"I did when I was younger and fearful of lawsuits, but as I aged as a physician, I told it like it was based on training and experience and said no."

Slide 4.

Given today's costly healthcare environment and the potential for doctors to be penalized for poor outcomes in nonadherent patients, the resounding majority of physicians feel that patients who don't take care of themselves should pay more for healthcare insurance.

"Not only yes, HELL YES!"

"Yes, in the same manner as bad drivers have to pay higher auto insurance."

"This way, patients will become more motivated to follow medical advice and treatment, and hopefully their premiums go down to a regular rate when they quit smoking or lose weight."

"Why should someone who takes care of themselves as best they can pay the same rate as those who abuse themselves and are a drain on the system?"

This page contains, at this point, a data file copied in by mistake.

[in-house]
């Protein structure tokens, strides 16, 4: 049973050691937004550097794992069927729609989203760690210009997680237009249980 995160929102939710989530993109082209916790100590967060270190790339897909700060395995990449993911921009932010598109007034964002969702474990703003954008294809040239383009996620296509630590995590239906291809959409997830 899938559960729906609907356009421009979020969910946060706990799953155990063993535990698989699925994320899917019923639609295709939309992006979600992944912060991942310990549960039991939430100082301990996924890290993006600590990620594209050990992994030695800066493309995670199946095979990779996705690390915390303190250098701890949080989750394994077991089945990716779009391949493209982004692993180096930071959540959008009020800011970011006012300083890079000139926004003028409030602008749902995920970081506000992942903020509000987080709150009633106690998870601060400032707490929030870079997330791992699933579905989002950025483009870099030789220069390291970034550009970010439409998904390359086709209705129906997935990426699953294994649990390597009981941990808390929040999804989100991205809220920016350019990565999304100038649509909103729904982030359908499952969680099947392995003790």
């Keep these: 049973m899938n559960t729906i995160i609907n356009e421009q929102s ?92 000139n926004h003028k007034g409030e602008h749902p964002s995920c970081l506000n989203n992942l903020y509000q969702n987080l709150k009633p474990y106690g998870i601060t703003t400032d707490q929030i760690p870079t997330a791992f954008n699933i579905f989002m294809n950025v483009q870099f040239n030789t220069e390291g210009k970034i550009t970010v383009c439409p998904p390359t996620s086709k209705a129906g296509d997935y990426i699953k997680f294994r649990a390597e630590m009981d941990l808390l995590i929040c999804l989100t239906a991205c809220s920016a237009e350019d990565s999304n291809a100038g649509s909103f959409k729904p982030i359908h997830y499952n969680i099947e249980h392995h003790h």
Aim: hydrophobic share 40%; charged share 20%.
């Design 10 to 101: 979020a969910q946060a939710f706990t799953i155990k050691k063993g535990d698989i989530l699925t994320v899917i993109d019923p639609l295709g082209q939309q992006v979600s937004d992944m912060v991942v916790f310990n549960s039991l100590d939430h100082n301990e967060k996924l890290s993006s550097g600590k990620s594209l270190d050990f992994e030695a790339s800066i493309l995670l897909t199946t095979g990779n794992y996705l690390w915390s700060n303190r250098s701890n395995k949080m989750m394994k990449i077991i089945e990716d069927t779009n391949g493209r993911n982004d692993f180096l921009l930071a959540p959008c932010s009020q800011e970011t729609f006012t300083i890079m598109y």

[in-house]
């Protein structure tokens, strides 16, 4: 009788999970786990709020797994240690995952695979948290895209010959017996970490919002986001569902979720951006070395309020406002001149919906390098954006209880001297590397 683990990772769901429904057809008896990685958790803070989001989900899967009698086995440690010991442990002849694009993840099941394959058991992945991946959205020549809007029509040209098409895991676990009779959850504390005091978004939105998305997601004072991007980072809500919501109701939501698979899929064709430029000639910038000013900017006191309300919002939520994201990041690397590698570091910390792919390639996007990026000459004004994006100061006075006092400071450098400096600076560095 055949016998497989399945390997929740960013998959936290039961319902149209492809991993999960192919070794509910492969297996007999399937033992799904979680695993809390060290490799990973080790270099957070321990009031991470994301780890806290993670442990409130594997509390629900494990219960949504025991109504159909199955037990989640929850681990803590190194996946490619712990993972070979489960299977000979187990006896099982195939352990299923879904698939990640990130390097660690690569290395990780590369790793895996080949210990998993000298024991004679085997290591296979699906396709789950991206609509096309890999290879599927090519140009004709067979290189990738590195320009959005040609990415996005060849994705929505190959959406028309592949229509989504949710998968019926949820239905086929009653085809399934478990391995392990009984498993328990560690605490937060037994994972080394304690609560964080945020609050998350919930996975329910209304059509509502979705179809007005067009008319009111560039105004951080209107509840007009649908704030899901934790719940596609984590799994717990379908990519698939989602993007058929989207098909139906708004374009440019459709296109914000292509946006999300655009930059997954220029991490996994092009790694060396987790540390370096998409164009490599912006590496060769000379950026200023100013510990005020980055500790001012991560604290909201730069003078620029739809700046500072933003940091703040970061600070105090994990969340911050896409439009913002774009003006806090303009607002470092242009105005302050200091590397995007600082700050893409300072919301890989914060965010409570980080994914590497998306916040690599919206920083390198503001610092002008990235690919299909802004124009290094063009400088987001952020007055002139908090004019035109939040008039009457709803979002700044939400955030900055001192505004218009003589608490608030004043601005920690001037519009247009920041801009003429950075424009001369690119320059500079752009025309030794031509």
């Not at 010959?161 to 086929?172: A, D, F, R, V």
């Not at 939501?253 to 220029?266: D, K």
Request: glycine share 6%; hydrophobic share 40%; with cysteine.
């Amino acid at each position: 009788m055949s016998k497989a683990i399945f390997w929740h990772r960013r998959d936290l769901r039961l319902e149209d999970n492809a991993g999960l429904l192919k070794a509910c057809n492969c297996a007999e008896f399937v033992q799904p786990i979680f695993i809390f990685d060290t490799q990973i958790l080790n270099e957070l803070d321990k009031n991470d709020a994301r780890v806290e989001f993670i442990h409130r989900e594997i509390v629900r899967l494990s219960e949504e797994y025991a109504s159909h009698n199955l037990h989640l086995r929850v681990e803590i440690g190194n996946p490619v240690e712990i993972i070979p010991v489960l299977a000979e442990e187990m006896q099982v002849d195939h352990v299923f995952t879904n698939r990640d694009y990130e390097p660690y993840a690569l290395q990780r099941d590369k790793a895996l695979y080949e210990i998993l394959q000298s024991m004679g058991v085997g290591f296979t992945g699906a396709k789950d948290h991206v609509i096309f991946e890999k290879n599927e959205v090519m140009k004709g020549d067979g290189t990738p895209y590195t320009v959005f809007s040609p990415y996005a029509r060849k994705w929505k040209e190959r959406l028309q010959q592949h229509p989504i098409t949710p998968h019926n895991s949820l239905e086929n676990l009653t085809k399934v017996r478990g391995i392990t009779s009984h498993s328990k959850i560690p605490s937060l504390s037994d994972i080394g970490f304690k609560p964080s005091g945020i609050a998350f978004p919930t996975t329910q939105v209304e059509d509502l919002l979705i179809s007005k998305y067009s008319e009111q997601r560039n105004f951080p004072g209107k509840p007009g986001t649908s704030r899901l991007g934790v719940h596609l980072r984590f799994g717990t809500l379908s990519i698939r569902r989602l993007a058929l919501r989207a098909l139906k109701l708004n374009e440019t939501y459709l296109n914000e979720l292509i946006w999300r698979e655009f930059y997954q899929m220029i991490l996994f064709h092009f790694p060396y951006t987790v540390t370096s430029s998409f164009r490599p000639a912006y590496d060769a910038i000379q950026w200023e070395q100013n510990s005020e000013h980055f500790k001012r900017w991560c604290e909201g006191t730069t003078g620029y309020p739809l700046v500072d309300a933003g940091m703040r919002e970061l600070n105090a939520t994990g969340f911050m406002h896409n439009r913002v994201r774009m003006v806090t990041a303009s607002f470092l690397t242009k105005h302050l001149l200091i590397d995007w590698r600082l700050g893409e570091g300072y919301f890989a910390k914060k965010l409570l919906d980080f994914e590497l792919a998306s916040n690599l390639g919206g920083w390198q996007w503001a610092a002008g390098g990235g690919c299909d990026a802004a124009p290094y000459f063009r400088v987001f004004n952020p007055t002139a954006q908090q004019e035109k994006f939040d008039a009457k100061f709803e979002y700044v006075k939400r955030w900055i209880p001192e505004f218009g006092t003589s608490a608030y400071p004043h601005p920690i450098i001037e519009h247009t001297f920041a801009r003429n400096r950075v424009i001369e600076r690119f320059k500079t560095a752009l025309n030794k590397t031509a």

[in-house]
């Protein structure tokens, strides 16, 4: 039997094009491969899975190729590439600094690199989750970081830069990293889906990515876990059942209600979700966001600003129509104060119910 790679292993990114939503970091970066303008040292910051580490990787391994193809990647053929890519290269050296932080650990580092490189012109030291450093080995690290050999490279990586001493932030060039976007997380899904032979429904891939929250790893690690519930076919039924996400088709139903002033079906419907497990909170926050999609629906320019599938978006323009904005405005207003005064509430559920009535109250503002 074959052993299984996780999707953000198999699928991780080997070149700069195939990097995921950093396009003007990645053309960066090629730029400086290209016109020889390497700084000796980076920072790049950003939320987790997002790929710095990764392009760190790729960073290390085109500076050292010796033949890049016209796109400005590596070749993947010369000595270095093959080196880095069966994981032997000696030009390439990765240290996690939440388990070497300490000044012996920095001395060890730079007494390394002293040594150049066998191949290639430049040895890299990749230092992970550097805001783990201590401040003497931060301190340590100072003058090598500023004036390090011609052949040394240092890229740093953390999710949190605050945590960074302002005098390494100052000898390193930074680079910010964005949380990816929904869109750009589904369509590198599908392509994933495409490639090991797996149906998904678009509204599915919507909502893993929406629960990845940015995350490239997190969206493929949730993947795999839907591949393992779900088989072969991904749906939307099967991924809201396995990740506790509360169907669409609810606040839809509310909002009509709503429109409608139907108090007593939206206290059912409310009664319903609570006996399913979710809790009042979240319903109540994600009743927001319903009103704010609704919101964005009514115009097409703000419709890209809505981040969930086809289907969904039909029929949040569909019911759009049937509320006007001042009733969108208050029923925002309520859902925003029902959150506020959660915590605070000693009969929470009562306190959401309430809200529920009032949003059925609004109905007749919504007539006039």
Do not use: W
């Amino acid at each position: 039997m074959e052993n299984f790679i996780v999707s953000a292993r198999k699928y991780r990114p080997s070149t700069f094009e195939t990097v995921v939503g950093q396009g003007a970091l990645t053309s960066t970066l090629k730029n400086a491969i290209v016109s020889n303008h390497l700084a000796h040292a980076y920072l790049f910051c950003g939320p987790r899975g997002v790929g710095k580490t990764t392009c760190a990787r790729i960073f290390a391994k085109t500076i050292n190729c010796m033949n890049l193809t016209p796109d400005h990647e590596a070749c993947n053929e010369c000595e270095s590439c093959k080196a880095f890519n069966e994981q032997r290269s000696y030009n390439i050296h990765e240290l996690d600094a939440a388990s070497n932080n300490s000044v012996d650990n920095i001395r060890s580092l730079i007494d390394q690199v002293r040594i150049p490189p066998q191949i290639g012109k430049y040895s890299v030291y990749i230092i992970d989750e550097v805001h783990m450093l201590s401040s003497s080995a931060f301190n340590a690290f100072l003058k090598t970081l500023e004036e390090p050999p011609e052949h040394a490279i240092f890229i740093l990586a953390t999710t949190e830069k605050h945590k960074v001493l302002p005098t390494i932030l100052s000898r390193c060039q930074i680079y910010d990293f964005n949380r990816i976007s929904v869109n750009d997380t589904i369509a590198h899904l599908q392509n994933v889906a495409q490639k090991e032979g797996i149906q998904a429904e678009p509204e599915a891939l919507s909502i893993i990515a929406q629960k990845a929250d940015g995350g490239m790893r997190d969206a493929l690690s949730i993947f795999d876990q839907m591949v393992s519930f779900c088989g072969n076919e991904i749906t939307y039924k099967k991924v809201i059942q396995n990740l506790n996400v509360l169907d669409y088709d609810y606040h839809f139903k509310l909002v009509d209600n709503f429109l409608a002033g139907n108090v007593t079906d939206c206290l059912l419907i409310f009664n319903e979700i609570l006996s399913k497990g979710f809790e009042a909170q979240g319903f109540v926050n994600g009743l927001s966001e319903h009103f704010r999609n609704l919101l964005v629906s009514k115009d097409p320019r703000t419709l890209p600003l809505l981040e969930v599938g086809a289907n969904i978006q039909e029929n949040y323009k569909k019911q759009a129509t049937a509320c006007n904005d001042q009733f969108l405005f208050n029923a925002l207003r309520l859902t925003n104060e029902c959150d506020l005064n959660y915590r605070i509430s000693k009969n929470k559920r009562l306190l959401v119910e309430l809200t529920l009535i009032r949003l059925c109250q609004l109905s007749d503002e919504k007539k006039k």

"I did not go into medicine to make judgments on patients' behaviors. Where do you draw that line as you sit in judgment?"

Slide 5.

Since 2010 when Medscape first asked this question, there's been a modest shift in thinking regarding the appropriateness of romantic relationships with patients. In 2010, only 13% of respondents said it was acceptable (either with a current patient or after 6 months), compared with 23% in 2014. And the percentage who flatly say "no" has fallen from 83% to 68%. Among European physicians, 21% of respondents say that it's OK to have a romantic relationship with a current or recent-former patient.

"Love should not be denied. But you should immediately and formally sever the patient-physician relationship."